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Telemann, G P - Trio Sonatas - Bosgraaf, Erik


Köp + 159 kr

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Erik Bosgraaf is one of the foremost and most adventurous recorder players of today. His modest instrument the recorder is for him an inexhaustible source of inspiration and boundless possibilities. He improvises, plays jazz, uses electronics and likes to work with artists outside the box. For him there is no difference between early and contemporary music: “Early music is always new”. The sense of discovery permeates all his recordings of works by Telemann, of which he already released 4 albums for Brilliant Classics. Critics are enthusiastic: “One of the world’s most gifted recorder players..a real winner..a virtuoso with a sense of style.. “(Musicweb International), “magical..simply fabulous..Bosgraaf’s virtuosity is stunning, as is his artistry” (Gramophone). This new recording presents Telemann’s sonatas for recorder, violin and B.C. Played by violinist Dmitry Sinkovsky, cellist Balazs Mate and harpsichord Alexandra Koreneva and the inimitable Erik Bosgraaf on recorder. The present recording includes all five surviving trio sonatas for recorder, violin and basso continuo by Georg Philipp Telemann. As an encore, there is a charming duet for recorder and violin Telemann published in 1728-29 in his music periodical Der getreue Music-Meister. There is also a duet for these two instruments hidden in the Trio Sonata in A minor (TWV 42:a1) which has no basso continuo in the trio section of the final menuet. Telemann became seriously interested in composing trios during the period between 1708 and 1712, while he was working as the court kapellmeister in Bach’s native Eisenach. It was a genre that must have been close to his heart. “Specifically, people tried to persuade me that trios were my strongest point’’, he wrote in his autobiography as early as 1718 and he repeated remarks to that effect in 1740. Would he have recorded this laudatory characterization if he hadn’t secretly agreed? He had two of the trios published, both in A minor. The first sonata (TWV 42:a1) was in a volume of six trio sonatas for various instruments, published by the composer himself in 1718, by which time his talents had taken him as far as Frankfurt. The second sonata (TWV 42:a4) appeared in his collection Essercizii Musici. The other three trios have only survived in manuscript: two in the Darmstadt Universitats- und Landesbibliothek (TWV 42:f2, TWV 42:f8), the third in the library of the Royal Conservatory in Brussels. The authenticity of this last piece has recently been questioned. There are frequent parallel octaves in the violin and the bass, wholly against the rules of counterpoint. Telemann would never have done that. The assumption is that the bass was added later by somebody else. When the musicologist Klaus Hofmann wrote an article on the matter in the German music periodical Tibia (1/2009), he also questioned Telemann’s authorship of the upper parts – not convincingly, but that is by the way. In the next issue, Hofmann was able to announce the existence in the Landesbibliothek Mecklenburg-Vorpommern in Schwerin of a trio sonata for recorder and viola da gamba in G minor by one Pierre Prowo (1697– 1757), of which the opening measures of the fast second movement are amazingly similar to the opening measures of the Brussels trio sonata. Was Prowo, an organist from Altona near Hamburg, perhaps the composer of that piece as well? A year later, Hofmann discovered that the same library also contains a manuscript of Trio Sonata TWV 42:d10 …with Prowo’s name on the title page! That seemed to confirm the new attribution and solve the mystery. In my opinion the opposite is more probable. Other compositions show Prowo to be an incorrigible dilettante, unimpeded by much imagination. He had no problem with parallel fifths or octaves. The fact that his Trio Sonata for recorder and viola da gamba contains a section beginning almost exactly like the Brussels trio argues against his authorship rather than for it. It looks as though Prowo was hoping for some sparks of genius of his own by following the example of an inspired contemporary. Examining the rest of the Trio Sonata for recorder and viola da gamba, one sees him fail dismally. That Provo was capable of composing a sparkling, irresistible “Telemannesque” trio of the calibre of TWV 42:d10 is highly unlikely. The version of TWV 42:d10 in Schwerin has an extra movement: a poorly conceived, eight-measure adagio. The recorder offers only cliches, the violin accompanies and plays the initial measures unisono with the bass, in parallel octaves. This is where we discern Prowo’s mediocrity, I’m afraid. There is no comparison with the others movements. It would be taking things too far to go into detail here, but I suspect that this is what happened: two upper parts - recorder and violin- of a trio sonata in D minor by Telemann were in circulation during the first half of the eighteenth century without the corresponding basso continuo. Pierre Prowo added one (in his typical dilettante fashion) and also added a clumsy little adagio. He felt justified in setting his own name to it: the “Schwerin version”. Somebody in the vicinity was aware of the circumstances, took the original upper parts, kept Prowo’s continuo part, left out the extra movement and restored the name of the real composer, reinstating Telemann: the “Brussels version”. Prowo provided the first movement with an unimaginative (and for Telemann unidiomatic) bass, dominated by groups of repeated eighth notes. I have written an entirely new continuo part for this movement. In other places I have made corrections in the bass, there where the voice leading has parallel octaves. And the solo parts for recorder and violin? Let’s uphold Telemann – Telemann at his best. (Thiemo Wind)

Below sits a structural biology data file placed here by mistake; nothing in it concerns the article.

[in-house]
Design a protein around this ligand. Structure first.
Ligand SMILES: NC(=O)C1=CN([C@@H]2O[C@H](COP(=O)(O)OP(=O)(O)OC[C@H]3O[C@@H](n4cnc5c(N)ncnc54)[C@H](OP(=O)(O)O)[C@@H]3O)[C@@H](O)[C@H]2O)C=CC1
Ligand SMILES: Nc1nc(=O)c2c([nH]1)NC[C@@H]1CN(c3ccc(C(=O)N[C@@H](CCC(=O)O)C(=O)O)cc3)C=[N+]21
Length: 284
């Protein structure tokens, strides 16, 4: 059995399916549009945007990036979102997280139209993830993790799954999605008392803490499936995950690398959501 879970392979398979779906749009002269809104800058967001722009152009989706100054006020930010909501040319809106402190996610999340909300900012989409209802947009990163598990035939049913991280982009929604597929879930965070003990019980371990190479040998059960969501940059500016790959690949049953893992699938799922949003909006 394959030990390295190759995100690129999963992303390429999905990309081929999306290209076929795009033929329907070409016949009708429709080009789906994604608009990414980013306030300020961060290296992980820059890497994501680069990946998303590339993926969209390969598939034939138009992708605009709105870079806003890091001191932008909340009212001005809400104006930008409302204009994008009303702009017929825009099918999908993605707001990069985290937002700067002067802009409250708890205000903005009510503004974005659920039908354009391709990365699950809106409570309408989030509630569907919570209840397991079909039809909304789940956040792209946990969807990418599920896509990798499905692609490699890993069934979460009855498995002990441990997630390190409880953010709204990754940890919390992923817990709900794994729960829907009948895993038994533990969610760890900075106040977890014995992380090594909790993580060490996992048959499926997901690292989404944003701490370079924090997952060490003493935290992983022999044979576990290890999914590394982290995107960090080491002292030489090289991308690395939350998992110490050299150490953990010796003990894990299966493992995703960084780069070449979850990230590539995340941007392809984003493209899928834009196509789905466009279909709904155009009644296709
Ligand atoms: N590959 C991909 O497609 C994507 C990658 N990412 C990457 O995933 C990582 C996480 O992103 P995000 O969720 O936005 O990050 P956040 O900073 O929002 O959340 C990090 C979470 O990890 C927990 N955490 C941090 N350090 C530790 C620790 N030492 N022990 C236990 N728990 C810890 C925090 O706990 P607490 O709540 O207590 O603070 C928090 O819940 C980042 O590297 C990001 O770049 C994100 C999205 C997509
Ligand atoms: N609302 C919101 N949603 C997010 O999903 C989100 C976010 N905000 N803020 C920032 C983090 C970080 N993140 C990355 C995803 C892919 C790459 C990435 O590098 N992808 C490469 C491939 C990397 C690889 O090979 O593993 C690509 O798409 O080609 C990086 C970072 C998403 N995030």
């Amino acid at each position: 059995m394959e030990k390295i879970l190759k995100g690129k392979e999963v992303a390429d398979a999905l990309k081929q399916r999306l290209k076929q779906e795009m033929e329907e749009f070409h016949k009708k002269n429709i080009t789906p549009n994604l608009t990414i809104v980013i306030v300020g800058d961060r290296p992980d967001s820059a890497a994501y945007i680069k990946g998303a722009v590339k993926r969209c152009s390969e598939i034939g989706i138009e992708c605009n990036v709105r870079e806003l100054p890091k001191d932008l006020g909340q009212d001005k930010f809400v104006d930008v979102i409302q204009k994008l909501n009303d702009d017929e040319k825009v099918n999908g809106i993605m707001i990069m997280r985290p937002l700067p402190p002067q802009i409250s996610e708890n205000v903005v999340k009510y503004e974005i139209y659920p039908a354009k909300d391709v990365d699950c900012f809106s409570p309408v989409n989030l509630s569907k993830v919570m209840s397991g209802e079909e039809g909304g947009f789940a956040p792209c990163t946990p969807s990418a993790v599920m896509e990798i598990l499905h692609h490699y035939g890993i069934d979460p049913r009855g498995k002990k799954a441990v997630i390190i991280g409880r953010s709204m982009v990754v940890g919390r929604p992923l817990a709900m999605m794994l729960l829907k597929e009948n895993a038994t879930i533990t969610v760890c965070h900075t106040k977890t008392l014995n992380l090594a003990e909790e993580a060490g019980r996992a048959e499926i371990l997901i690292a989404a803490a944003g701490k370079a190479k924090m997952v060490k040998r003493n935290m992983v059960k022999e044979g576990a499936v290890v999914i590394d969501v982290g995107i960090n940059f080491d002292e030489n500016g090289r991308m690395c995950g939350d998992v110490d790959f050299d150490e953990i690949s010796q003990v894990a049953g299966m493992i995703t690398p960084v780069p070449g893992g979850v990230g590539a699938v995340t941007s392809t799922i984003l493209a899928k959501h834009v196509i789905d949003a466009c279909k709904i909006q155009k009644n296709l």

Fakta
Artikelnummer 0301006BC
Streckkod 0885470010069
Utgivningsdatum 2017-11-17
Kategori Klassiskt
Skivbolag Berlin Classics
Enhet CD
Antal enheter 1
Utövare
Artister Bosgraaf, Erik
Sinkovsky, Dmitry
Kompositörer Telemann, G P